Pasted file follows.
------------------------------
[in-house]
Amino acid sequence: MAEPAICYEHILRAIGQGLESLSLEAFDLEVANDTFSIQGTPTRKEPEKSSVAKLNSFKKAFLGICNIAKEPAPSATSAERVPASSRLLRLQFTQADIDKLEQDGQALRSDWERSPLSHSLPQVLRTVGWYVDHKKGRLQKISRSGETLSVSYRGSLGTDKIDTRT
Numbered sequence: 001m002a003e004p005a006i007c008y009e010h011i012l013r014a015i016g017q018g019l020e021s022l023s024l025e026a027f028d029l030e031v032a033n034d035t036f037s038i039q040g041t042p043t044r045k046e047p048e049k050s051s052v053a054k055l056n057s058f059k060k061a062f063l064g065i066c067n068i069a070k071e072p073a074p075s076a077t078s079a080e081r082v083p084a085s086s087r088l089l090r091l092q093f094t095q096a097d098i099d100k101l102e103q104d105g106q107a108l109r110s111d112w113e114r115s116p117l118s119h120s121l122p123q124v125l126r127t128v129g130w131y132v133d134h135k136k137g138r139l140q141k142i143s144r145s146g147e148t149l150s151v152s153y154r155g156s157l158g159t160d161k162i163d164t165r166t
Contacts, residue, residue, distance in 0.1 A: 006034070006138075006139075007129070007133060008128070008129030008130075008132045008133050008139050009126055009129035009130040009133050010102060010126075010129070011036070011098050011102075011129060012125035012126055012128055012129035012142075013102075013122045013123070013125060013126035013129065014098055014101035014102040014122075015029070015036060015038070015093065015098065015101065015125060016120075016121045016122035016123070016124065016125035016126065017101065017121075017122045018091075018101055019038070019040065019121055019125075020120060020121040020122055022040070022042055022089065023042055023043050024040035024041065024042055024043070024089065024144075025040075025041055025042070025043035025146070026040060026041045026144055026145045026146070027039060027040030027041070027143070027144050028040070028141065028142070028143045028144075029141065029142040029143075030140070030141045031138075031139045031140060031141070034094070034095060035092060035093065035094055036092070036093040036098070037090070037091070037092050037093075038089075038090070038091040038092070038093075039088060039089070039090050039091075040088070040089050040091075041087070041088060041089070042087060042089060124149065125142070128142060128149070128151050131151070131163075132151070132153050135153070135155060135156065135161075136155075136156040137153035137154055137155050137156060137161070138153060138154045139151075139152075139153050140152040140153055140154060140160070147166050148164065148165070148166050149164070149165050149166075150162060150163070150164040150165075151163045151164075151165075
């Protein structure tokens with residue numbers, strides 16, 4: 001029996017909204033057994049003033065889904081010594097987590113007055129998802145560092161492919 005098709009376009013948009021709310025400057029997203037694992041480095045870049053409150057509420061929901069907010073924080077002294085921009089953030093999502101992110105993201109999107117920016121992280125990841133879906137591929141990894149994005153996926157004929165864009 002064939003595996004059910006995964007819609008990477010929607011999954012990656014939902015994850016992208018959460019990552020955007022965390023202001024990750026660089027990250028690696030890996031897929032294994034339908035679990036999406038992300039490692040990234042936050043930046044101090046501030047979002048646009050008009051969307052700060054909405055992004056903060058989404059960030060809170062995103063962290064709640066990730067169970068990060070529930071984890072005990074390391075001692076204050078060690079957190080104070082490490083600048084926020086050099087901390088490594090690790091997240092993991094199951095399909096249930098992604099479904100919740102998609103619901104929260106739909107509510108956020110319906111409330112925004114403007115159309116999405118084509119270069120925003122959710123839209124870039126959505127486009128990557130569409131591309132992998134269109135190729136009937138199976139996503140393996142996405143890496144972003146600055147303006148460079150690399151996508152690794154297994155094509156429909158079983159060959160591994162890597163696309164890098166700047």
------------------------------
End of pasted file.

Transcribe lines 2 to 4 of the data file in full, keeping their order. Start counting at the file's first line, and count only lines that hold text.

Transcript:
Amino acid sequence: MAEPAICYEHILRAIGQGLESLSLEAFDLEVANDTFSIQGTPTRKEPEKSSVAKLNSFKKAFLGICNIAKEPAPSATSAERVPASSRLLRLQFTQADIDKLEQDGQALRSDWERSPLSHSLPQVLRTVGWYVDHKKGRLQKISRSGETLSVSYRGSLGTDKIDTRT
Numbered sequence: 001m002a003e004p005a006i007c008y009e010h011i012l013r014a015i016g017q018g019l020e021s022l023s024l025e026a027f028d029l030e031v032a033n034d035t036f037s038i039q040g041t042p043t044r045k046e047p048e049k050s051s052v053a054k055l056n057s058f059k060k061a062f063l064g065i066c067n068i069a070k071e072p073a074p075s076a077t078s079a080e081r082v083p084a085s086s087r088l089l090r091l092q093f094t095q096a097d098i099d100k101l102e103q104d105g106q107a108l109r110s111d112w113e114r115s116p117l118s119h120s121l122p123q124v125l126r127t128v129g130w131y132v133d134h135k136k137g138r139l140q141k142i143s144r145s146g147e148t149l150s151v152s153y154r155g156s157l158g159t160d161k162i163d164t165r166t
Contacts, residue, residue, distance in 0.1 A: 006034070006138075006139075007129070007133060008128070008129030008130075008132045008133050008139050009126055009129035009130040009133050010102060010126075010129070011036070011098050011102075011129060012125035012126055012128055012129035012142075013102075013122045013123070013125060013126035013129065014098055014101035014102040014122075015029070015036060015038070015093065015098065015101065015125060016120075016121045016122035016123070016124065016125035016126065017101065017121075017122045018091075018101055019038070019040065019121055019125075020120060020121040020122055022040070022042055022089065023042055023043050024040035024041065024042055024043070024089065024144075025040075025041055025042070025043035025146070026040060026041045026144055026145045026146070027039060027040030027041070027143070027144050028040070028141065028142070028143045028144075029141065029142040029143075030140070030141045031138075031139045031140060031141070034094070034095060035092060035093065035094055036092070036093040036098070037090070037091070037092050037093075038089075038090070038091040038092070038093075039088060039089070039090050039091075040088070040089050040091075041087070041088060041089070042087060042089060124149065125142070128142060128149070128151050131151070131163075132151070132153050135153070135155060135156065135161075136155075136156040137153035137154055137155050137156060137161070138153060138154045139151075139152075139153050140152040140153055140154060140160070147166050148164065148165070148166050149164070149165050149166075150162060150163070150164040150165075151163045151164075151165075